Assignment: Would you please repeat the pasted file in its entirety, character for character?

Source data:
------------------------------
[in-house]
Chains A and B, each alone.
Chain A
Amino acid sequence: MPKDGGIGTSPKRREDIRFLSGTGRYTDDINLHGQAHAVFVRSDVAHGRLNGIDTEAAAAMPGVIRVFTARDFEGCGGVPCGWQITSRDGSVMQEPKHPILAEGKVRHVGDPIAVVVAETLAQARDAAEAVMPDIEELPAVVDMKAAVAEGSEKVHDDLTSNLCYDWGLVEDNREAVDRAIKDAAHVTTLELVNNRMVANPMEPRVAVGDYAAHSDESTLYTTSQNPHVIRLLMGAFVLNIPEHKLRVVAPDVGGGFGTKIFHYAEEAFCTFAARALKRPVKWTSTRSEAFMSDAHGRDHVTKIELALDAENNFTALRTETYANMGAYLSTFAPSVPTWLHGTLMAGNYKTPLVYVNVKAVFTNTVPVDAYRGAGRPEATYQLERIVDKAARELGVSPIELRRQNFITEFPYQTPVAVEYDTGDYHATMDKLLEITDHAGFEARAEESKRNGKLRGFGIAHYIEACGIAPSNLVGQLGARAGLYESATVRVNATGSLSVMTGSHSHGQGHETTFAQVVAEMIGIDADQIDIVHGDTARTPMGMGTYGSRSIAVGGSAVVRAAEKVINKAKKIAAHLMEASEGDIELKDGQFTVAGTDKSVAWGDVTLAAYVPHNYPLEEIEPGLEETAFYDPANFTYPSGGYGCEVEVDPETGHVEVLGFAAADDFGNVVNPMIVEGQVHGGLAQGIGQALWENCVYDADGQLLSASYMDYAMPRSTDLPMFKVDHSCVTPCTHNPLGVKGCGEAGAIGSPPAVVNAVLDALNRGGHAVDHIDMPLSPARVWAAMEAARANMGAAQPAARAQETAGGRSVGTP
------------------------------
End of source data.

[in-house]
Chains A and B, each alone.
Chain A
Amino acid sequence: MPKDGGIGTSPKRREDIRFLSGTGRYTDDINLHGQAHAVFVRSDVAHGRLNGIDTEAAAAMPGVIRVFTARDFEGCGGVPCGWQITSRDGSVMQEPKHPILAEGKVRHVGDPIAVVVAETLAQARDAAEAVMPDIEELPAVVDMKAAVAEGSEKVHDDLTSNLCYDWGLVEDNREAVDRAIKDAAHVTTLELVNNRMVANPMEPRVAVGDYAAHSDESTLYTTSQNPHVIRLLMGAFVLNIPEHKLRVVAPDVGGGFGTKIFHYAEEAFCTFAARALKRPVKWTSTRSEAFMSDAHGRDHVTKIELALDAENNFTALRTETYANMGAYLSTFAPSVPTWLHGTLMAGNYKTPLVYVNVKAVFTNTVPVDAYRGAGRPEATYQLERIVDKAARELGVSPIELRRQNFITEFPYQTPVAVEYDTGDYHATMDKLLEITDHAGFEARAEESKRNGKLRGFGIAHYIEACGIAPSNLVGQLGARAGLYESATVRVNATGSLSVMTGSHSHGQGHETTFAQVVAEMIGIDADQIDIVHGDTARTPMGMGTYGSRSIAVGGSAVVRAAEKVINKAKKIAAHLMEASEGDIELKDGQFTVAGTDKSVAWGDVTLAAYVPHNYPLEEIEPGLEETAFYDPANFTYPSGGYGCEVEVDPETGHVEVLGFAAADDFGNVVNPMIVEGQVHGGLAQGIGQALWENCVYDADGQLLSASYMDYAMPRSTDLPMFKVDHSCVTPCTHNPLGVKGCGEAGAIGSPPAVVNAVLDALNRGGHAVDHIDMPLSPARVWAAMEAARANMGAAQPAARAQETAGGRSVGTP